Related topics: mosquitoes

WHO raises alarm on disease in flood-hit areas of Pakistan

The World Health Organization raised the alarm Saturday about a "second disaster" in the wake of the deadly floods in Pakistan this summer, as doctors and medical workers on the ground race to battle outbreaks of waterborne ...

Nanoparticles prove effective against the yellow fever mosquito

Before being accidentally introduced to the New World by the 16th century slave trade, the yellow fever mosquito was a species native only to Africa. Highly adaptable, it has since become an invasive species in North America, ...

Dengue-blocking mosquitoes here to stay

Dengue fever and other mosquito-borne diseases remain a massive threat to human health and well-being. Urbanization and climate change are likely to increase this threat as established mosquitoes spread to new environments ...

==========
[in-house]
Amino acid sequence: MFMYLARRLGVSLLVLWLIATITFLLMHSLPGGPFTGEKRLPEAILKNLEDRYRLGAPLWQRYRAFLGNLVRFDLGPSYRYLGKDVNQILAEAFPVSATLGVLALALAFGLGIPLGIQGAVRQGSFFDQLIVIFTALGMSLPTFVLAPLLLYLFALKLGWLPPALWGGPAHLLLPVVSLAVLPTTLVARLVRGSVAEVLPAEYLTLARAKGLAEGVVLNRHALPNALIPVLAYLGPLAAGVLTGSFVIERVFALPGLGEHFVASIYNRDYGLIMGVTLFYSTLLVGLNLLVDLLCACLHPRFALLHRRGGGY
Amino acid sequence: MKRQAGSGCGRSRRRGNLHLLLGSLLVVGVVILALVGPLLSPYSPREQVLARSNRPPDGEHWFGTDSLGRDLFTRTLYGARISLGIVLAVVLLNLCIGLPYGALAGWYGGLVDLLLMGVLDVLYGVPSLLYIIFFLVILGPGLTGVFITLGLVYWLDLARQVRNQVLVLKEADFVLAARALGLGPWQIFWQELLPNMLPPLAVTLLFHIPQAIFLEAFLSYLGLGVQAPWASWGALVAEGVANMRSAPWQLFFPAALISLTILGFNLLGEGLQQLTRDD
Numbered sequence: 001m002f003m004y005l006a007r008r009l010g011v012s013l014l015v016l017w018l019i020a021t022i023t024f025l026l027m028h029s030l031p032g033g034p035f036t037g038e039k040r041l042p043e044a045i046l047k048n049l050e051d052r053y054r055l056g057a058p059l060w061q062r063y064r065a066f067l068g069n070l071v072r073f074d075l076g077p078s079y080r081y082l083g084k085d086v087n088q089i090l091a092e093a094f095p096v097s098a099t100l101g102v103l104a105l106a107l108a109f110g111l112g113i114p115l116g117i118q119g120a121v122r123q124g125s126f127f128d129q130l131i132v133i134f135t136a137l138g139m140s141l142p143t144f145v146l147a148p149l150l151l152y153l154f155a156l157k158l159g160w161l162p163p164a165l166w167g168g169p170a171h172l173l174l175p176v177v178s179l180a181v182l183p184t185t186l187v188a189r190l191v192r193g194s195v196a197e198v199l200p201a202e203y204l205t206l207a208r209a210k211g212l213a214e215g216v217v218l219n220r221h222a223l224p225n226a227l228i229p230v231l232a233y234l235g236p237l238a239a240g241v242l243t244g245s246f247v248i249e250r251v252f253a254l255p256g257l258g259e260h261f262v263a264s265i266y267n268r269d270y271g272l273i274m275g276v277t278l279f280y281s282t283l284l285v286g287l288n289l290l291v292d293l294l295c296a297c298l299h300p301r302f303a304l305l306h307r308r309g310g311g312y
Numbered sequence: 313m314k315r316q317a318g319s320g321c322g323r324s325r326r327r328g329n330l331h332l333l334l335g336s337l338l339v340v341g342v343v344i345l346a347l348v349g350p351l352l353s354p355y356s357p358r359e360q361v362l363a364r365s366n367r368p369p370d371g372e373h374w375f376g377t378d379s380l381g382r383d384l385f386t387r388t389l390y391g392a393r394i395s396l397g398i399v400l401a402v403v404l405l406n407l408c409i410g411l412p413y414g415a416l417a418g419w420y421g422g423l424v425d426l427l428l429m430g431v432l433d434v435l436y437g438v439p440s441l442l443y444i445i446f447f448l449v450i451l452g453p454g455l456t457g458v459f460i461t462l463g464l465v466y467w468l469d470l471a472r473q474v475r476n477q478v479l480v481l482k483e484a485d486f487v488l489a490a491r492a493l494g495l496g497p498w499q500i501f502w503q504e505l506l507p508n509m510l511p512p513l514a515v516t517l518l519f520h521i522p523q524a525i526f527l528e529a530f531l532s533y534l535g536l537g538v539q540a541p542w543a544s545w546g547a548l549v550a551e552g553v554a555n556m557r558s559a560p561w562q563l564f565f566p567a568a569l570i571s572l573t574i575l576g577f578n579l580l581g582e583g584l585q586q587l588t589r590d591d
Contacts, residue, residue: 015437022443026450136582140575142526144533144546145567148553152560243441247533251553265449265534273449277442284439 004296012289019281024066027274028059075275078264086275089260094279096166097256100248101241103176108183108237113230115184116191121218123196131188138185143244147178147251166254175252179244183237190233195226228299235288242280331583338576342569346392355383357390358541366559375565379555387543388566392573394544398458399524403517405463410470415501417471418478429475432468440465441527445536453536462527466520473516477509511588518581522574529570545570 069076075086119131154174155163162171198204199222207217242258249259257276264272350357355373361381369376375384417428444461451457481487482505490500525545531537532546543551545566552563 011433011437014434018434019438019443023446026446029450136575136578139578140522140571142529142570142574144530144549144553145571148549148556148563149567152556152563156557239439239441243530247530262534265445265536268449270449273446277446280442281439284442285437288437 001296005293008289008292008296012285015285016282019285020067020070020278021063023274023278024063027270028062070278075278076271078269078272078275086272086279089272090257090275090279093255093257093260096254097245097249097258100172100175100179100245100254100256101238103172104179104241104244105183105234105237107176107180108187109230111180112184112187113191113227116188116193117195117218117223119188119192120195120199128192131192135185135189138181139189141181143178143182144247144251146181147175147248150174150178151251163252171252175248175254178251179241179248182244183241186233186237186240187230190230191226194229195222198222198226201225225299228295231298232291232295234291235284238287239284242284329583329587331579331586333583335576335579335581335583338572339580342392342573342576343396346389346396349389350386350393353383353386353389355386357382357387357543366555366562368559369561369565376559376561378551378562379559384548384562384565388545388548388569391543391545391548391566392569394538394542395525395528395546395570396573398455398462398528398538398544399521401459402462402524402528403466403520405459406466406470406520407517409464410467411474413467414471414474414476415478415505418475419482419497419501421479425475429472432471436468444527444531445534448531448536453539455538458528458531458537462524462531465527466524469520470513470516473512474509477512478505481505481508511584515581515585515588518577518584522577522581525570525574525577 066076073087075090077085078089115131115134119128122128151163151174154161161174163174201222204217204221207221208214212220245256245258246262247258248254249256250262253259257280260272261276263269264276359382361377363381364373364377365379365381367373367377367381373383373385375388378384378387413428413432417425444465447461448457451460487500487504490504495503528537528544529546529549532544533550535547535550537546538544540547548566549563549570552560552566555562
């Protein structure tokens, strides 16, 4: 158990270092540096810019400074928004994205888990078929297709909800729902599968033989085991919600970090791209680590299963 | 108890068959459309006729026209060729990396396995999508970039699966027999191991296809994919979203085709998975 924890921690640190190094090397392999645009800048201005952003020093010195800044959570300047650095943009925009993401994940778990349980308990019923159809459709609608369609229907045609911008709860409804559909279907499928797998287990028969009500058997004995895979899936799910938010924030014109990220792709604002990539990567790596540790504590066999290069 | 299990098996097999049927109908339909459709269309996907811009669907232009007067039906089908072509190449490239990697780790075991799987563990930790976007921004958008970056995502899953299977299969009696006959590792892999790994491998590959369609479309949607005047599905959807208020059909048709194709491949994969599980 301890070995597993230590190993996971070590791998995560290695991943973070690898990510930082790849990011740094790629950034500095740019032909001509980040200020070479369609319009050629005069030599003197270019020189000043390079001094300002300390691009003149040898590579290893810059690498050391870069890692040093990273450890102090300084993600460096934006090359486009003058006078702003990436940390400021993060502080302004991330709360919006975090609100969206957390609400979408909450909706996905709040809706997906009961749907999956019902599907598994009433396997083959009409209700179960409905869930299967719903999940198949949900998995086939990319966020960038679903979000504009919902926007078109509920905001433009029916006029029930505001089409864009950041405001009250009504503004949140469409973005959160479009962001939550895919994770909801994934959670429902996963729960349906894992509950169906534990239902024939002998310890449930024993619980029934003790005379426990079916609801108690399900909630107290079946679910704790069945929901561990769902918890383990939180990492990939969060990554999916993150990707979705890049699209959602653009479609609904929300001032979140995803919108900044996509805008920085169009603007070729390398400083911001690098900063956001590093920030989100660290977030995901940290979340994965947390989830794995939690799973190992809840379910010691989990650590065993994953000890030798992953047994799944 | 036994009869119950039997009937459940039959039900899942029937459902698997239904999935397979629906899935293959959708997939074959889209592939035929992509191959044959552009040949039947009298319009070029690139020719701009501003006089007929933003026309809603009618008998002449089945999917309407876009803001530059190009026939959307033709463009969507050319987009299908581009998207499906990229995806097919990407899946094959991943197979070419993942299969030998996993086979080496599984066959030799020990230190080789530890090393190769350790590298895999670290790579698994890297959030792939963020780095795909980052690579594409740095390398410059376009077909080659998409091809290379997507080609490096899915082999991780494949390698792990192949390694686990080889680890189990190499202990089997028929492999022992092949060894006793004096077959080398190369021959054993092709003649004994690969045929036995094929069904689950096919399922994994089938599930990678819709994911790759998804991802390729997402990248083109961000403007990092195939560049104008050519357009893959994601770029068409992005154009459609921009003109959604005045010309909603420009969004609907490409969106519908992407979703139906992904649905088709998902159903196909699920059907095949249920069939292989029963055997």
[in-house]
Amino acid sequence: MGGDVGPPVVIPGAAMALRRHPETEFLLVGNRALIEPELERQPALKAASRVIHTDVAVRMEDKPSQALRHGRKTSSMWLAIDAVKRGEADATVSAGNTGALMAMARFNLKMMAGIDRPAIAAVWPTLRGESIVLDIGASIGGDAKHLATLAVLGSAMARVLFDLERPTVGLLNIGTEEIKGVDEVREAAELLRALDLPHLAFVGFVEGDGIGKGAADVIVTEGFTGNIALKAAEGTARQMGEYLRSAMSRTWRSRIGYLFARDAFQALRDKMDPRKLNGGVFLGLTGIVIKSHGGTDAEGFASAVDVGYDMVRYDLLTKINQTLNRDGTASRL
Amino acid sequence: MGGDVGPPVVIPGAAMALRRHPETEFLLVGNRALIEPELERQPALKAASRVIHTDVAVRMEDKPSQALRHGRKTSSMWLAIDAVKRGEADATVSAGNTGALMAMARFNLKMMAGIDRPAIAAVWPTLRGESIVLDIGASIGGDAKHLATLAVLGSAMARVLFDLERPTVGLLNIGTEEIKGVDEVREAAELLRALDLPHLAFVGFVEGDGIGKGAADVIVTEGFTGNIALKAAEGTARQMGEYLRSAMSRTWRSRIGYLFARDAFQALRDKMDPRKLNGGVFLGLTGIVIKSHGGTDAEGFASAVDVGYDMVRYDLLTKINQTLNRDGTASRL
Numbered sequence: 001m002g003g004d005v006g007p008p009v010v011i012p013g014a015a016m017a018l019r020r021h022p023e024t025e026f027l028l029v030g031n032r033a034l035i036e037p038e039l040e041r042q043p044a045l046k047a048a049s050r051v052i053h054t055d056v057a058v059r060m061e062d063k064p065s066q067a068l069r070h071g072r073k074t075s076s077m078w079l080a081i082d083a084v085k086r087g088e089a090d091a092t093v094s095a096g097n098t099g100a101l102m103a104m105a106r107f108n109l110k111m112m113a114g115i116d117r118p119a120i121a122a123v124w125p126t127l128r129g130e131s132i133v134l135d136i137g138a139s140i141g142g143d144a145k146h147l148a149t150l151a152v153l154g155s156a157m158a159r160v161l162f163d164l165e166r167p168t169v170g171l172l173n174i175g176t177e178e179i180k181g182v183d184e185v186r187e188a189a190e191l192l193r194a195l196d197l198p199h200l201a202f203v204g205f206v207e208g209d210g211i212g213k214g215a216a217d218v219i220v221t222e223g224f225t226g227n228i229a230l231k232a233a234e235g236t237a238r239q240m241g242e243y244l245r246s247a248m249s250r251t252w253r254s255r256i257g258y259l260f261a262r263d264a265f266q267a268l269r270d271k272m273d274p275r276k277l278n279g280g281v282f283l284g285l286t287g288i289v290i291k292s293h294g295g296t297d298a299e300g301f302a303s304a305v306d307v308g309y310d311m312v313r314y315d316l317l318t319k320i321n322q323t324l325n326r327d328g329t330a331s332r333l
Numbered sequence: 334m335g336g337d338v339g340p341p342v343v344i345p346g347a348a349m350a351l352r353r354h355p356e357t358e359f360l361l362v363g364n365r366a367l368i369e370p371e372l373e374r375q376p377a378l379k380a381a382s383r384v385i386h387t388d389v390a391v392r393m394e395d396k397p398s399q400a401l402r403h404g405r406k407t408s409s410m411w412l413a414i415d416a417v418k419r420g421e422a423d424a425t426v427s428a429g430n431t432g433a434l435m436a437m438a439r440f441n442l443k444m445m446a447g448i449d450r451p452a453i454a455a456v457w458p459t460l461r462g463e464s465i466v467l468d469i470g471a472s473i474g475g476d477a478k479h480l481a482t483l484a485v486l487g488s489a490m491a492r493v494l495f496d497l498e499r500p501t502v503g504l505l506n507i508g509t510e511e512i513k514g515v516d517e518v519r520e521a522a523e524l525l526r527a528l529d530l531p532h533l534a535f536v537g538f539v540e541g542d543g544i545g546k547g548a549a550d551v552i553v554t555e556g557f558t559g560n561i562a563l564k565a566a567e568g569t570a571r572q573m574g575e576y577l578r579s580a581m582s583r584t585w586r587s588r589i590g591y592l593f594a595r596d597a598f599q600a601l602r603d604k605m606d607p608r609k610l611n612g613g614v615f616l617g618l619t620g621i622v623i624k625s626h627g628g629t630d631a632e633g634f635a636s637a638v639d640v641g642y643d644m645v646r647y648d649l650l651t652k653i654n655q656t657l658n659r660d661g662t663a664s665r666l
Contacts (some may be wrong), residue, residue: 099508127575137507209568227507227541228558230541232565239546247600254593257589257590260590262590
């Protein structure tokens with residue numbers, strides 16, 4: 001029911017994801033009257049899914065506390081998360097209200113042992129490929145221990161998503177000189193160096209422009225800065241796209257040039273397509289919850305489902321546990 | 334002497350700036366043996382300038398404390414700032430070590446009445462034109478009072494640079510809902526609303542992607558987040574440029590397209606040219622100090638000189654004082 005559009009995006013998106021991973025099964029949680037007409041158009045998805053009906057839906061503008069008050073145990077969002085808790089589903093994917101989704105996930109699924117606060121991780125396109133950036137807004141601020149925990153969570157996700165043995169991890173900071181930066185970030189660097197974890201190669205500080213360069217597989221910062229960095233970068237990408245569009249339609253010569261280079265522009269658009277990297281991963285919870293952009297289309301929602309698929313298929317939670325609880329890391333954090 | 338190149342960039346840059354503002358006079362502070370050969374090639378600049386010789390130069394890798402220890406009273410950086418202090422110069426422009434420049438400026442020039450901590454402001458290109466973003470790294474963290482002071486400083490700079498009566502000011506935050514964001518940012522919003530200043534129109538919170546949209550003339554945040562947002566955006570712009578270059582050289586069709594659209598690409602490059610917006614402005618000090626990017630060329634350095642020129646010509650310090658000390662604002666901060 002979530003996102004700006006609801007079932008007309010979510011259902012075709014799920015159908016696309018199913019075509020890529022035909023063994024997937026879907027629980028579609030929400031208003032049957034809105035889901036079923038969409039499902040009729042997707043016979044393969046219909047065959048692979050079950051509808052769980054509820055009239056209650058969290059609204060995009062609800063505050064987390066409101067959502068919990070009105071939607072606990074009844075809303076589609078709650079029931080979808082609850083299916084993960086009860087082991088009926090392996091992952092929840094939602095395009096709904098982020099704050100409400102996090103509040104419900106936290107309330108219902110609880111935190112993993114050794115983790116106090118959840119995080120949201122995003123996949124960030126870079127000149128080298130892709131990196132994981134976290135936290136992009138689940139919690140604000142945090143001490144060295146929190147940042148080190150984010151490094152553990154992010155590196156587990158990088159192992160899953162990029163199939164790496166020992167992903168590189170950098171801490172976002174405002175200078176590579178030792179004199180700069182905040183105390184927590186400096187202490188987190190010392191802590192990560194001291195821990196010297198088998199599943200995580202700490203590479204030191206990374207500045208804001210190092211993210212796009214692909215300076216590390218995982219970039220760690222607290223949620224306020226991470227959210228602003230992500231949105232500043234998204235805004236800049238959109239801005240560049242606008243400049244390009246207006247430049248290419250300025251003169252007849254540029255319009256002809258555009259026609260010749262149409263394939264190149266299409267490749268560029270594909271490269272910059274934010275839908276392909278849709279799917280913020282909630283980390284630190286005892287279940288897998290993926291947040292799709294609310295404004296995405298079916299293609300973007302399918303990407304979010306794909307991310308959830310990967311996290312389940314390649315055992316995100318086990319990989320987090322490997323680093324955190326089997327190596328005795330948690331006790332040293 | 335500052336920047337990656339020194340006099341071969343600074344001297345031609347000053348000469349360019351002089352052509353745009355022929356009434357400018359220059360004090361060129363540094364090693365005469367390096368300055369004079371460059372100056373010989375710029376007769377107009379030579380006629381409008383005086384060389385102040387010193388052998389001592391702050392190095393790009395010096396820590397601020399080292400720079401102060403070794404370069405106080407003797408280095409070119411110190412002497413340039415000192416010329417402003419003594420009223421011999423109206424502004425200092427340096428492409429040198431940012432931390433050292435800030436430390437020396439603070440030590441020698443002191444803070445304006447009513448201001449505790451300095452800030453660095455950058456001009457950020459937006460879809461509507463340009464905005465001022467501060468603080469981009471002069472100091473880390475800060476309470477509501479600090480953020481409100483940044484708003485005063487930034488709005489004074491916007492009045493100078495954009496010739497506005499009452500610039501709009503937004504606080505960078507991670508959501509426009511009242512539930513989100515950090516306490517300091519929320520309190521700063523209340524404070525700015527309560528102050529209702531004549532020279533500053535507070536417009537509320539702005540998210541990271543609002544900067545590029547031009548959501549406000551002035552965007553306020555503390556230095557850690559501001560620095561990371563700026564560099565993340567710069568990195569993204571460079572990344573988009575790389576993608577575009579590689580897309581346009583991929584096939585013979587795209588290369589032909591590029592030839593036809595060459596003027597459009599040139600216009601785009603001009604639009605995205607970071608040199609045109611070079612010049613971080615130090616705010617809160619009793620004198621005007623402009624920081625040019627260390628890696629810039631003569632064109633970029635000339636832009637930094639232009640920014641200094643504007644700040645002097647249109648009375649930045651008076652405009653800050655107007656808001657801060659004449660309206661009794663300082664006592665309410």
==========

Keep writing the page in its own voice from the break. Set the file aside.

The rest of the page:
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Dengue fever

Dengue fever (pronounced UK: /ˈdɛŋɡeɪ/, US: /ˈdɛŋɡiː/) and dengue hemorrhagic fever (DHF) are acute febrile diseases, found in the tropics, and caused by four closely related virus serotypes of the genus Flavivirus, family Flaviviridae. It is also known as breakbone fever. The geographical spread includes northern Australia, northern Argentina, and the entire Singapore, Malaysia, Taiwan, Thailand, Vietnam, Indonesia, Honduras, Costa Rica, Philippines, Pakistan, India, Sri Lanka, Bangladesh, Mexico, Suriname, Dominican Republic, Puerto Rico, Jamaica, Bolivia, Brazil, Guyana, Venezuela, Barbados, Trinidad and Samoa. Unlike malaria, dengue is just as prevalent in the urban districts of its range as in rural areas. Each serotype is sufficiently different that there is no cross-protection and epidemics caused by multiple serotypes (hyperendemicity) can occur. Dengue is transmitted to humans by the Aedes aegypti or more rarely the Aedes albopictus mosquito, which feed during the day.

The WHO says some 2.5 billion people, two fifths of the world's population, are now at risk from dengue and estimates that there may be 50 million cases of dengue infection worldwide every year. The disease is now epidemic in more than 100 countries.

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